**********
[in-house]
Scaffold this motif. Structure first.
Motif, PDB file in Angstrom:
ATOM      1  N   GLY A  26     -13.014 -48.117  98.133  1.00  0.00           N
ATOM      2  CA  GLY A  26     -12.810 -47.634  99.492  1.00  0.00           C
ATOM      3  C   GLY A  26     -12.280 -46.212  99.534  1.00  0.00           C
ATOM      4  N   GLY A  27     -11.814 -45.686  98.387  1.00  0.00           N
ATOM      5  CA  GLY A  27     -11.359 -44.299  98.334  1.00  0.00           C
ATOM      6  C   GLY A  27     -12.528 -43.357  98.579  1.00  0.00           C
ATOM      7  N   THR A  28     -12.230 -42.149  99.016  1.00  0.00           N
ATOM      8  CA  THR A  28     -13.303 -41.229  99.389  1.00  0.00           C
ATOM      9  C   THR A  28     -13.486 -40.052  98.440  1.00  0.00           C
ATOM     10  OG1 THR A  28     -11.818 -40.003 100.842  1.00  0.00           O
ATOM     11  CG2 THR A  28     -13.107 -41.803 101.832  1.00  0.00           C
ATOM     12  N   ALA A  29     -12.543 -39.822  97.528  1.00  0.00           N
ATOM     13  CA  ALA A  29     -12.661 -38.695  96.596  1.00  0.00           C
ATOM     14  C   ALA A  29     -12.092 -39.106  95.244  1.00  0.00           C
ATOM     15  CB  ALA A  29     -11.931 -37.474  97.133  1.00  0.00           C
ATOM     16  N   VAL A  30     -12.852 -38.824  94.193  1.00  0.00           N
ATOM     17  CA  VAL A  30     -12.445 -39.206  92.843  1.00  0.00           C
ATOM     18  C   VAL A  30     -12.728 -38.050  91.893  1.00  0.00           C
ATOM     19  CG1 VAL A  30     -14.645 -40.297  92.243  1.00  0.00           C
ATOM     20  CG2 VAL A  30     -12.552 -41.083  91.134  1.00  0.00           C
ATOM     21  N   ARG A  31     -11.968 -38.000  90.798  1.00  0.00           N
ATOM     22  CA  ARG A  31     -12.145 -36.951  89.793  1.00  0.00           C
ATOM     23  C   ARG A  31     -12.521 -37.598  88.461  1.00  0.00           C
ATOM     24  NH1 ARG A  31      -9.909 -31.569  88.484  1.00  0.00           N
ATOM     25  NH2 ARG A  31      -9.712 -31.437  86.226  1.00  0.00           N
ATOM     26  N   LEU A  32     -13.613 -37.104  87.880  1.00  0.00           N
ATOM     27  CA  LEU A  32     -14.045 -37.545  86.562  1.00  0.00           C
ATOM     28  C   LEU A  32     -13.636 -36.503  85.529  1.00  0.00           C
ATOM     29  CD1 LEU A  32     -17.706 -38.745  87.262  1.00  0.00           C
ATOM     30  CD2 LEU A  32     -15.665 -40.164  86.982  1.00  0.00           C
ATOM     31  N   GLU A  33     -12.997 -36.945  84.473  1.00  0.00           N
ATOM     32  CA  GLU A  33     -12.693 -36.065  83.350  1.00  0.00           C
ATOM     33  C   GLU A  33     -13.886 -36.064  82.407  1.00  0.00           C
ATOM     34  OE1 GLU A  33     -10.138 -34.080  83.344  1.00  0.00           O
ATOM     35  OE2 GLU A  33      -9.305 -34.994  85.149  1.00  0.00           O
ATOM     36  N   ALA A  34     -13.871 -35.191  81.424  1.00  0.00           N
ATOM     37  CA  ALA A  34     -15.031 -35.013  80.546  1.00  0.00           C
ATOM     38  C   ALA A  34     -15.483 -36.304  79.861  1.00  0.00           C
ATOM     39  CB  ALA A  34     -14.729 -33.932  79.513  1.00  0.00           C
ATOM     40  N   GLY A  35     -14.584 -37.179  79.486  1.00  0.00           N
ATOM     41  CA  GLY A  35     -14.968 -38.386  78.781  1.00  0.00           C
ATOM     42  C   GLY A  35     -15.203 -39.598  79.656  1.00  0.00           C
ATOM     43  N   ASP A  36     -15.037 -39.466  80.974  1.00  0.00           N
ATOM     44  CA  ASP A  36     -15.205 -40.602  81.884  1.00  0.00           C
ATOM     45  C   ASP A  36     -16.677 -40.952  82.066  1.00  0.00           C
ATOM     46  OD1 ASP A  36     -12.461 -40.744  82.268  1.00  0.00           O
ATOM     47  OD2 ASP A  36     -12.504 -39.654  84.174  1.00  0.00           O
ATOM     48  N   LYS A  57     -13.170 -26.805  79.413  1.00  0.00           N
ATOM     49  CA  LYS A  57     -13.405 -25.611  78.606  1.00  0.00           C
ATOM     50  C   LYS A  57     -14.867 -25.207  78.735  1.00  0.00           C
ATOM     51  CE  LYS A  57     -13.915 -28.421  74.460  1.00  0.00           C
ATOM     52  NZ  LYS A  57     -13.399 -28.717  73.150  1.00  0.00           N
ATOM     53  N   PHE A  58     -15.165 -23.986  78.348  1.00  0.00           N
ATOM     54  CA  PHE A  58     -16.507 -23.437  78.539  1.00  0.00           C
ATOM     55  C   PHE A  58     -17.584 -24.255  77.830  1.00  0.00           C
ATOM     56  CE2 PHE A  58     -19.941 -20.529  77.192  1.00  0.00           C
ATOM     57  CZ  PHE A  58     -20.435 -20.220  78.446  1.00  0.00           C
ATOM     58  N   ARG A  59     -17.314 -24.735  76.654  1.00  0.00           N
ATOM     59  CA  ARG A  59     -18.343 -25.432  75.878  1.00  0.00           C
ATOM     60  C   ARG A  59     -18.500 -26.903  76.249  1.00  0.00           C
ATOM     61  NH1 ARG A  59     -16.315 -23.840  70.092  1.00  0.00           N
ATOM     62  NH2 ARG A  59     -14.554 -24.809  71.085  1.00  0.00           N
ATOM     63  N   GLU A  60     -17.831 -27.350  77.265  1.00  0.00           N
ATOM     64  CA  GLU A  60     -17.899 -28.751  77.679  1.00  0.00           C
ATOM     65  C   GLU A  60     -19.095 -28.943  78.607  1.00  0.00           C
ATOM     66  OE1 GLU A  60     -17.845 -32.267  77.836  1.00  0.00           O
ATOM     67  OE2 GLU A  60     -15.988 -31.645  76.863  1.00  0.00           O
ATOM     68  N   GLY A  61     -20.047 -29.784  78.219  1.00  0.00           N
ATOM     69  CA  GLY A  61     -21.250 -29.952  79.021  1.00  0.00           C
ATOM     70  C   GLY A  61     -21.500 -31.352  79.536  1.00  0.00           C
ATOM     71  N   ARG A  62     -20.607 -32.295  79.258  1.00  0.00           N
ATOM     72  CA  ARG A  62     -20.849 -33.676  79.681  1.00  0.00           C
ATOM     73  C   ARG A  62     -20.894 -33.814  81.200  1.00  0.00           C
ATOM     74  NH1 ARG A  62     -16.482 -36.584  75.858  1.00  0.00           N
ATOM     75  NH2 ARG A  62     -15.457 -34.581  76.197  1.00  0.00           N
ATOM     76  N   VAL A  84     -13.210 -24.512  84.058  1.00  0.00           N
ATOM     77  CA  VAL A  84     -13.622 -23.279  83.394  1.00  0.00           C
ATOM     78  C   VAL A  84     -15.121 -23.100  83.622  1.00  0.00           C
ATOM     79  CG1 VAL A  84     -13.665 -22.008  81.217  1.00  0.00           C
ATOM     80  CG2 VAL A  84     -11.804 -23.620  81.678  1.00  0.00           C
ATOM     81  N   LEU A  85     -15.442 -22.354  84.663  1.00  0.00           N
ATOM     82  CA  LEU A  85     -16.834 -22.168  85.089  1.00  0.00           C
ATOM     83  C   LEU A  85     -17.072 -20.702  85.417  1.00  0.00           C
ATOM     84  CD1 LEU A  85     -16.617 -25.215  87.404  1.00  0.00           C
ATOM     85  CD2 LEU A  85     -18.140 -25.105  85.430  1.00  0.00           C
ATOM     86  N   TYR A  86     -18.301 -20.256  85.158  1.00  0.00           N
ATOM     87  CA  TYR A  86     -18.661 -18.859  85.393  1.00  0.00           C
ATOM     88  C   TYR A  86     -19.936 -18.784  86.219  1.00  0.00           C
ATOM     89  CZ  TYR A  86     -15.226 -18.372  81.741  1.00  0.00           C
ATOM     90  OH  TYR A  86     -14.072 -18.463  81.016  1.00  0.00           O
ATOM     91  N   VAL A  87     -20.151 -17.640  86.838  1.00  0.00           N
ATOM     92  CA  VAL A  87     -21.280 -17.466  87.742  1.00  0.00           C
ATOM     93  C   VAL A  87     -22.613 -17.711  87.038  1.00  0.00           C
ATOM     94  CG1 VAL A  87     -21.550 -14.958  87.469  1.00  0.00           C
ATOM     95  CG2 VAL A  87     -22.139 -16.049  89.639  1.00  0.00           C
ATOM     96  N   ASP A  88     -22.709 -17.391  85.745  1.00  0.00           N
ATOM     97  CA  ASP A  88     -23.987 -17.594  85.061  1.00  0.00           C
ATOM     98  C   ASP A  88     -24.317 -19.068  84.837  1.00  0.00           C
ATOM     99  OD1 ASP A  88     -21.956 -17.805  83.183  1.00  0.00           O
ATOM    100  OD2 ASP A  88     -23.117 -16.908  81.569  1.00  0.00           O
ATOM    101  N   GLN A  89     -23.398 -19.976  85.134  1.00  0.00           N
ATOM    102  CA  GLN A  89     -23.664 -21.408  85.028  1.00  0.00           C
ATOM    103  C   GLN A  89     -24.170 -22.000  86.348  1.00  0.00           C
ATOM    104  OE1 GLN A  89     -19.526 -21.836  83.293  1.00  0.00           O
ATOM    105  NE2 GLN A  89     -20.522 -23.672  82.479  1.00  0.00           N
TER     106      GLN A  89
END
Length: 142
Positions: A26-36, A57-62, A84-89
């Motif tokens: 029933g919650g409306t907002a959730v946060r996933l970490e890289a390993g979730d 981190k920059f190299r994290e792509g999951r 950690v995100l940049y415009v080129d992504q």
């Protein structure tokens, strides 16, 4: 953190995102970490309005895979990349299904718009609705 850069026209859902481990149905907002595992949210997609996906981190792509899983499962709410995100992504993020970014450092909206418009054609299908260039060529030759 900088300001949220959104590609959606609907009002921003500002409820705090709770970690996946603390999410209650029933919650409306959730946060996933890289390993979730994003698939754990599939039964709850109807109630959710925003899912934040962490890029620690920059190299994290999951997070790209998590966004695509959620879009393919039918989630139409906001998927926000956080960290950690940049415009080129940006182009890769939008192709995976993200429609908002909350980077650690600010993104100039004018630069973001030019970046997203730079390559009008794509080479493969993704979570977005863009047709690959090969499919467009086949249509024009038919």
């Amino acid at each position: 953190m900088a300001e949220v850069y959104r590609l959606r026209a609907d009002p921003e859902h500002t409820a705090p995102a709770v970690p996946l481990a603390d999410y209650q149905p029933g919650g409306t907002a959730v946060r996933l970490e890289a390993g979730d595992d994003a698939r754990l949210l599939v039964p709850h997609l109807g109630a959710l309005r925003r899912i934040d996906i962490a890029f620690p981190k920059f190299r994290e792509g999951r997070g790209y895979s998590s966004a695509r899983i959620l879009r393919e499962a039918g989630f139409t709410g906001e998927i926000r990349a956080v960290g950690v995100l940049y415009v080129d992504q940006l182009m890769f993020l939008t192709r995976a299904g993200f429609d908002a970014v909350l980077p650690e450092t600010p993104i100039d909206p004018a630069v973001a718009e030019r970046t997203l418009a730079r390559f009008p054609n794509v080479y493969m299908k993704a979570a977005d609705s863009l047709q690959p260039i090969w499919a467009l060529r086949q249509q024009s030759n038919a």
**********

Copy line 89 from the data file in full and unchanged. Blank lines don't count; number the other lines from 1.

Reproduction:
ATOM     86  N   TYR A  86     -18.301 -20.256  85.158  1.00  0.00           N